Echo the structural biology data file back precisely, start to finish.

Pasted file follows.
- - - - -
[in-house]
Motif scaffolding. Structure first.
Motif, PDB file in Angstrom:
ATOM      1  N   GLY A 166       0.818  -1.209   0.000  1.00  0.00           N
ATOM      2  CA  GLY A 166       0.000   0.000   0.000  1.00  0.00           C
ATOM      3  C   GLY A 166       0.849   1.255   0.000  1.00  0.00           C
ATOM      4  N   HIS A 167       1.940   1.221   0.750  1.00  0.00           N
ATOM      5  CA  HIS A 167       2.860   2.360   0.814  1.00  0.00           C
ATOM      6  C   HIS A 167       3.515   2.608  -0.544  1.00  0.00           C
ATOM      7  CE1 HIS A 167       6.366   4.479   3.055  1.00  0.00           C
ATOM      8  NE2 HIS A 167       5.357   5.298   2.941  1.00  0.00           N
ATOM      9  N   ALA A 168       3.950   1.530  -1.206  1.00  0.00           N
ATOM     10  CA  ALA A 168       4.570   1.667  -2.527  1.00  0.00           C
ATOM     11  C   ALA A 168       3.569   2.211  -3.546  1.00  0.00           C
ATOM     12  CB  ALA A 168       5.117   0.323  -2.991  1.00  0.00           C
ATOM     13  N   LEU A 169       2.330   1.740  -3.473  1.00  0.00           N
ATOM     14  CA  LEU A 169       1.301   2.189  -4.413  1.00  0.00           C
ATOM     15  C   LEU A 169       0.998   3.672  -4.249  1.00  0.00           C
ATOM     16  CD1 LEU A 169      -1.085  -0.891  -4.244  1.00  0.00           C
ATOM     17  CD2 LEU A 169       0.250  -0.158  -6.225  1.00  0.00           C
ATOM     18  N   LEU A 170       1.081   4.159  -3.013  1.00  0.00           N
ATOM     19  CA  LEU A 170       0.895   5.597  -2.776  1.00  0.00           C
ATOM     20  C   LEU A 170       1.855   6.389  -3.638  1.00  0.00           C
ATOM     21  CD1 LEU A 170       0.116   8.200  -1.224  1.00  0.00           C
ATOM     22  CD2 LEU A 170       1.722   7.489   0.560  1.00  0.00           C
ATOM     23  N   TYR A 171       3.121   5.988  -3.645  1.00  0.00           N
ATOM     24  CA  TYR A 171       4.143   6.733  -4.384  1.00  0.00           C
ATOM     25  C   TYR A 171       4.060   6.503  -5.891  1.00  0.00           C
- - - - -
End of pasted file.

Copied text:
[in-house]
Motif scaffolding. Structure first.
Motif, PDB file in Angstrom:
ATOM      1  N   GLY A 166       0.818  -1.209   0.000  1.00  0.00           N
ATOM      2  CA  GLY A 166       0.000   0.000   0.000  1.00  0.00           C
ATOM      3  C   GLY A 166       0.849   1.255   0.000  1.00  0.00           C
ATOM      4  N   HIS A 167       1.940   1.221   0.750  1.00  0.00           N
ATOM      5  CA  HIS A 167       2.860   2.360   0.814  1.00  0.00           C
ATOM      6  C   HIS A 167       3.515   2.608  -0.544  1.00  0.00           C
ATOM      7  CE1 HIS A 167       6.366   4.479   3.055  1.00  0.00           C
ATOM      8  NE2 HIS A 167       5.357   5.298   2.941  1.00  0.00           N
ATOM      9  N   ALA A 168       3.950   1.530  -1.206  1.00  0.00           N
ATOM     10  CA  ALA A 168       4.570   1.667  -2.527  1.00  0.00           C
ATOM     11  C   ALA A 168       3.569   2.211  -3.546  1.00  0.00           C
ATOM     12  CB  ALA A 168       5.117   0.323  -2.991  1.00  0.00           C
ATOM     13  N   LEU A 169       2.330   1.740  -3.473  1.00  0.00           N
ATOM     14  CA  LEU A 169       1.301   2.189  -4.413  1.00  0.00           C
ATOM     15  C   LEU A 169       0.998   3.672  -4.249  1.00  0.00           C
ATOM     16  CD1 LEU A 169      -1.085  -0.891  -4.244  1.00  0.00           C
ATOM     17  CD2 LEU A 169       0.250  -0.158  -6.225  1.00  0.00           C
ATOM     18  N   LEU A 170       1.081   4.159  -3.013  1.00  0.00           N
ATOM     19  CA  LEU A 170       0.895   5.597  -2.776  1.00  0.00           C
ATOM     20  C   LEU A 170       1.855   6.389  -3.638  1.00  0.00           C
ATOM     21  CD1 LEU A 170       0.116   8.200  -1.224  1.00  0.00           C
ATOM     22  CD2 LEU A 170       1.722   7.489   0.560  1.00  0.00           C
ATOM     23  N   TYR A 171       3.121   5.988  -3.645  1.00  0.00           N
ATOM     24  CA  TYR A 171       4.143   6.733  -4.384  1.00  0.00           C
ATOM     25  C   TYR A 171       4.060   6.503  -5.891  1.00  0.00           C